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A GLIMPSE INTO THE MIND OF YOUR HOST...

Your Host

I am not a lesbian, though I did go to a college nicknamed "Wesbian" (see the occasionally funny box office flop PCU for more on this subject). One of the many valuable concepts I absorbed at Wesleyan concerned POTENTIAL. No, not the potential of an English degree to reel in a dream job... no no, it was a sublime idea first glimpsed on a flyer in the community center (or was it a graffito on the unisex bathroom wall? or perhaps yet another announcement from Public Safety found in my mailbox?): every woman is a potential lesbian. Strange sisters everywhere. A few years later, I discovered the lovely lipsticked world of 50's and 60's paperback lesbians. I'd never seen so much potential.

I'm in it for the covers, plain and simple. The artwork. The typography. The titles. At present, I haven't read a single one of these little gems in its entirety, and it's not just because the books might very well disintegrate in my hands. I have little desire to read the books because the text simply CANNOT live up to the masterfully drawn female figures and knowing glances that grace Brandon House covers or the outrageously over-the-top paintings by Robert Bonfils or Eric Stanton, or even — for that matter — the misshapen faces and laughable nipple-less breasts created by nameless hacks of yesteryear.

I mean no offense to the minority of authors who (according to the academics) treated the subject seriously and thoughtfully (Ann Bannon, Vin Packer, Patricia Highsmith). It's clear from the back cover blurbs alone that the lion's share of these paperbacks are soft porn with loads of thin plots and lots of heavy breathing, the kind of books rated "T" for "Trash" in Barbara Grier's The Lesbian In Literature. In fact, the first edition of Grier's book — originally compiled by Gene Damon and Lee Stuart — "contains over 1000 entries deliberately deleted from the second edition because they were paperback original novels authored by males for a male audience, with a 'T' rating throughout".

With very few exceptions, the criteria for my collection are: two women on the cover, painted covers (as opposed to photo covers - there are hundreds), and nothing past 1969. There are some paperbacks on this site that very well may not contain a single lesbian in the text, but as long as the cover artwork SUGGESTS lesbians, they're in.

I feel no need to assign some larger historical importance or deeper social relevance to these books. I can think of no other body of visual art so varied, humorous, outrageous, sexy. That this art was the by-product of an industry pandering to our seemingly insatiable appetite for trashiness makes it all the greater in my eyes.

As I've scanned the books, I've documented the titles, authors, publishers, publication years, and — of course — the special characteristics of the cover. As this website progresses, I will add this information and create various galleries with different themes. Planned galleries include "You've Come A Long Way, Sister", "Whip It Good", "Sorority Sisters", "All In The Family", "Odd Man Out", "At The Beach", "Behind Bars", "A Night In Gay Ol' Florence", and — in honor of the paperback that started me down this road to perdition — "Satan Was A Lesbian".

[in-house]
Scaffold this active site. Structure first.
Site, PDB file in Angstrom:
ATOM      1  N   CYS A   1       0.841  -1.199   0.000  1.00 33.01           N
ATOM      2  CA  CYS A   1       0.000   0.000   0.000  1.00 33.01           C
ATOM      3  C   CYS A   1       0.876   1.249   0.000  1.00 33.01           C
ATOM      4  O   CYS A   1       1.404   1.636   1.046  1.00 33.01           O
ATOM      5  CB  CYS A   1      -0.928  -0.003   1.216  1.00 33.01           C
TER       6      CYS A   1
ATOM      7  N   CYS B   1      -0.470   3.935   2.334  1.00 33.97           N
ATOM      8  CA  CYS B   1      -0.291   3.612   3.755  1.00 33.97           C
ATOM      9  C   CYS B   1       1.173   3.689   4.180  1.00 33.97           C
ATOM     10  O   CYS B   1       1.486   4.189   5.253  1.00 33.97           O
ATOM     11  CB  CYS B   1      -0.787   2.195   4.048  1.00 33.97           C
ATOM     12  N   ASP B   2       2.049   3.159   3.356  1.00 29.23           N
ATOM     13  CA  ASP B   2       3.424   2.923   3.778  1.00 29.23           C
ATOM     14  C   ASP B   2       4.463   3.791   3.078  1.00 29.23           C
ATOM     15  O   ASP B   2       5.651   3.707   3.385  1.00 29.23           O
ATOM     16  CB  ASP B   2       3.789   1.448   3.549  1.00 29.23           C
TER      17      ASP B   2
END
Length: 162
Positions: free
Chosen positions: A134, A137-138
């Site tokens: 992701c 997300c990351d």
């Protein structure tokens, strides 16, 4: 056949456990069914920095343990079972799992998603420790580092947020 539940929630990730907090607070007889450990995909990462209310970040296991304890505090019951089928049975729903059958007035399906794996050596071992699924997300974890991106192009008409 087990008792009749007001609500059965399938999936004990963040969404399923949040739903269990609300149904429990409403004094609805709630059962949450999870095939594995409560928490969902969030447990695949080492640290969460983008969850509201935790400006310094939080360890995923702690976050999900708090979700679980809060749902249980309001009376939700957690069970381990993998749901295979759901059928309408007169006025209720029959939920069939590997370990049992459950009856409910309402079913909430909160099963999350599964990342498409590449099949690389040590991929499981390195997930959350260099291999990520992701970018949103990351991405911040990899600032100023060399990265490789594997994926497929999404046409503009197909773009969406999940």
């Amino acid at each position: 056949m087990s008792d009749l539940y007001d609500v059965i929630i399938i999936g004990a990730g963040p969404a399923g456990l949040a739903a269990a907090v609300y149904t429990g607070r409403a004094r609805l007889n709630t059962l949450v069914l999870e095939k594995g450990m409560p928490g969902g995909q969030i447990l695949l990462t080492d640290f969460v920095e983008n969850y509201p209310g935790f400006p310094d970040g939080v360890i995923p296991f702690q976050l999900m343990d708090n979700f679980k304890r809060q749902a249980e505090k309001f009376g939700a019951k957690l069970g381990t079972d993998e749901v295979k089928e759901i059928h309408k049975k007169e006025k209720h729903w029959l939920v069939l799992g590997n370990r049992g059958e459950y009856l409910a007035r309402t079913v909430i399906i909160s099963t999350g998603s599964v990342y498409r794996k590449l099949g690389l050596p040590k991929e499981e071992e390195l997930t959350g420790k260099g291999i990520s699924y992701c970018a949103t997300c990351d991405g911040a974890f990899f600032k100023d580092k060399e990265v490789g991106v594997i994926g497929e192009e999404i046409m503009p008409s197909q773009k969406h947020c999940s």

I've completed a website of 60's gay paperbacks, too. Far fewer gay paperbacks were produced in this era (I pick up one for every six lesbian titles I find), but they certainly make up in quality what they lack in quantity. Be sure to visit gayontherange.com


AND TO ANSWER A COMMON QUESTION...

Where did I find all these books? Unfortunately, none of 'em were found for a dime at the local bookshop or at a flea market. These days, even Half Price Books is hip to the fact that these books are worth, well, more than half price. A lot of books came from seasoned dealers who I met at paperback shows or through correspondence. While there are a couple of dealers specializing in "sleaze", many consider these titles peripheral to sci-fi or hardboiled or other literary genres (can't blame them if I wasn't judging books by their covers). Some of these dealers had been excavating storage spaces and even warehouses full of paperbacks long before the internet made the world a bit smaller. And, of course, much of my collection came the down-and-dirty way: eBay auctions. Some of these auctions ended at bargain prices (at least in my opinion) and others ended with very happy sellers. From my experience, eBay auctions are easier on the wallet and more equitable and entertaining than the more traditional phone-in paperback auctions.

ATTENTION: DEALERS, COLLECTORS, and ESTATE SALE ROUSTABOUTS...

"Enough" is not in my vocabulary. I am always looking to add to my collection. If you think you might have something I want (be it a single book or an entire storage space full of 'em), just drop a line with titles and conditions. Lastly, I'm interested in buying the original paintings for many of the paperbacks included on this website and will pay an appropriate finder's fee for leads on sources for original artwork. Artists of particular interest are Robert Bonfils, Paul Rader, Bernard Safran, Doug Weaver, Micarelli, Robert Maguire, and the as-yet unknown individuals responsible for the many great covers of Brandon House, Saber, and Private Edition.

Ryan Richardson